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Sequence-based RNA Fluorescence Assay to Measure Latent HIV Reservoirs

Award Information
Agency: Department of Health and Human Services
Branch: National Institutes of Health
Contract: 4R44AI155075-02
Agency Tracking Number: R44AI155075
Amount: $2,291,256.00
Phase: Phase II
Program: SBIR
Solicitation Topic Code: NIAID
Solicitation Number: PA19-272
Timeline
Solicitation Year: 2019
Award Year: 2022
Award Start Date (Proposal Award Date): 2022-02-03
Award End Date (Contract End Date): 2024-01-31
Small Business Information
95 Brown RD
Ithaca, NY 14850-1294
United States
DUNS: 079268937
HUBZone Owned: No
Woman Owned: Yes
Socially and Economically Disadvantaged: No
Principal Investigator
 JANET HUIE
 (607) 379-1972
 janhuie@janbiotech.com
Business Contact
 JENNIFER NICHOLS
Phone: (607) 342-5332
Email: janichols@janbiotech.com
Research Institution
N/A
Abstract

Project Summary/Abstract Public Health Problem. The CDC estimates that in the U.S., 1,144,500 people aged 13 years and older are living with HIV infection, with approximately 180,900 (15.8%) others infected but undiagnosed. For most HIV-positive individuals, available drugs can only control HIV infection and delay progression to AIDS. HIV cure treatments in active development require validated biomarkers for HIV clearance from infected individuals. Issues with Current Solutions and How Product Meets Unmet Needs. Current methods of quantifying the HIV reservoir include the quantitative viral outgrowth assay (QVOA), PCR and RT-PCR. QVOA is a time and resource intensive procedure while RT-PCR can be used to detect viral RNA to 20-50 virus particles per mL and thus reduces the time to result of QVOA and is generally applicable for measuring viral load, but does not directly detect replication-competent HIV-infected cells. Fluorescence-activated cell sorting (FACS) using combined antibody and probe hybridizations requires multiple steps with significant loss of signal. In Jan Biotech’s assay, all RNA molecules are counted, whereas q and ddPCR are limited by the efficiency of reverse transcription. The capability of Jan Biotech’s sequence-based latent HIV assay to detect down to the single HIV-infected cell level would provide a high throughput, scalable assay critically needed to monitor latent HIV reservoirs. Summary of Approach. Jan Biotech’s assay employs sequence-specific fluorogenic probes with a high signal amplification to directly detect HIV RNA species. It will be evaluated for correlation with RT-ddPCR Transcriptional Profiling and QVOA. A statistical correlation of rt0.6 with both comparison assays will be the milestone to move forward to Phase II validation testing and assessment of the predictive value of the assay for time to viral rebound after treatment interruption. Software analytics will be developed and shared open source. Collaborators and Unique Resources. Jan Biotech, Inc., with expertise in molecular diagnostic development, will collaborate with Dr. Steven Yukl, MD, UCSF/SFVAMC, for Transcriptional Profiling, with Michael Busch, MD, PhD, and Mars Stone, PhD, for the use of the RAVEN sample panels, and with Jonathan Li, MD, MMSc Associate Professor of Medicine at Harvard Medical School and Brigham and Women’s Hospital, Harris A. Gelbard, MD, PhD, of University of Rochester Medical School, and John Mellors, MD, of University of Pittsburgh Medical School, for ATCG sample testing. Fast-Track Specific Aims Specific Aim 1 (Phase I): Assay correlation to Transcriptional Profiling and QVOA orthogonal assays Comparison testing will be performed between Jan Biotech’s RNAamp assay and Dr. Yukl’s transcriptional profiling RT-ddPCR assays and QVOA. The Critical Phase I milestone will be a statistical correlation of 0.6 or better of RNAamp to both RT-ddPCR transcriptional profiling or QVOA values. Specific Aim 2 (Phase II): Assay validation using RAVEN Evaluation Panel and QVOA Samples Given successful completion of Phase I comparison testing between RNAamp and RT-ddPCR transcriptional profiling and achievement of the Phase I metric, in Aim 2, Jan Biotech will validate RNAamp using the Reservoir Assay Validation and Evaluation Network (RAVEN) Evaluation Panel. Specific Aim 3 (Phase II): Evaluation of clinical relevance to HIV reservoir activation This Aim will evaluate these novel biomarkers for prediction of time to HIV rebound, which is crucial to prioritize promising treatments to determine those participants likely to benefit from novel HIV remission strategies. Specific Aim 4 (Phase II): Software development and integration for assay analytics In Aim 4, we will build Bayesian software to analyze and share the data from the HIV reservoir RNAamp assay. Market after Phase II Completion. The end result of the project will be a validated sequence-based, quantitative HIV reservoir diagnostic assay and computational software that will enable us to proceed to the FDA approval process, including additional preclinical and clinical evaluation leading towards 510(k) approval, clinical trials, and commercialization of an accurate, high-throughput HIV reservoir assay.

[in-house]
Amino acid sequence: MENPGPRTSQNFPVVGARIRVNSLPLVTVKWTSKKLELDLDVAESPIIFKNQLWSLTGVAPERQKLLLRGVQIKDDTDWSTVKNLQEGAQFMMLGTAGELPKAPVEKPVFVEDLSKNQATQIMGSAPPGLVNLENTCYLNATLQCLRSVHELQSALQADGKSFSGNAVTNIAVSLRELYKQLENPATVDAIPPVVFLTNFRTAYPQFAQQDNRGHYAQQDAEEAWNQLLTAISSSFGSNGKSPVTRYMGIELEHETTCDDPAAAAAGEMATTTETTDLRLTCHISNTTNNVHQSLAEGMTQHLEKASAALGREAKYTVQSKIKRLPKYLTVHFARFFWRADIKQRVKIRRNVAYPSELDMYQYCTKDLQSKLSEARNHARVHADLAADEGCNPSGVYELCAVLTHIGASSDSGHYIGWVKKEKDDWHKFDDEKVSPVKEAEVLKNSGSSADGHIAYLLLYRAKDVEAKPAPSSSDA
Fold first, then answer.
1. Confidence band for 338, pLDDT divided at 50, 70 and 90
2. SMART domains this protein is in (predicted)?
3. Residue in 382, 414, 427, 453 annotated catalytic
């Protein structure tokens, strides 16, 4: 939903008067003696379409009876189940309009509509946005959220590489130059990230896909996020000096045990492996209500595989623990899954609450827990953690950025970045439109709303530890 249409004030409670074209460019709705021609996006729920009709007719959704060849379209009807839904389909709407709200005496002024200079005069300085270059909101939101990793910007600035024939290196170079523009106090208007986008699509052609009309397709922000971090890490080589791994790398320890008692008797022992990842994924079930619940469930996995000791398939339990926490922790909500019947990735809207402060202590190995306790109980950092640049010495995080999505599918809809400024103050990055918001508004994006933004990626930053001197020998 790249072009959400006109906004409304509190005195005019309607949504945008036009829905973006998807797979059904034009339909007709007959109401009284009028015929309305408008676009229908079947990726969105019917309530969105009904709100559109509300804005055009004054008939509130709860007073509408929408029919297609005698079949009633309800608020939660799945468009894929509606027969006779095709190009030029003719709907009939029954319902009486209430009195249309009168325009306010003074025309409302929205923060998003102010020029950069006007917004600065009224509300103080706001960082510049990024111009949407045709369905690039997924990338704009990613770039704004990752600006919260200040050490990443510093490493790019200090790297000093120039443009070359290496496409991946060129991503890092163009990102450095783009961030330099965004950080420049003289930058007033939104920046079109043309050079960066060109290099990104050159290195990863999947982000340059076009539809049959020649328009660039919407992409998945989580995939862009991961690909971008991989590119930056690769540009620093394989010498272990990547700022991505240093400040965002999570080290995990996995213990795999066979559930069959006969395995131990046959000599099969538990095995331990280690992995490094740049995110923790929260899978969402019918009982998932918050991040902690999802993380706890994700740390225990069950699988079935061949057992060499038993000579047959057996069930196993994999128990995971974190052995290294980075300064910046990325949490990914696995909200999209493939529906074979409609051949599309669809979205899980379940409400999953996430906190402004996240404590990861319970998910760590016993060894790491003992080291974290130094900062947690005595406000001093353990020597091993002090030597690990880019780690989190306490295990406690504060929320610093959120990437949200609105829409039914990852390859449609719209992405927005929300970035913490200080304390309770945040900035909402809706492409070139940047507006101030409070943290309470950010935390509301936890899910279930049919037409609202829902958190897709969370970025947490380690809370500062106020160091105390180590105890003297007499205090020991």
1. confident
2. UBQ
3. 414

* Information listed above is at the time of submission. *

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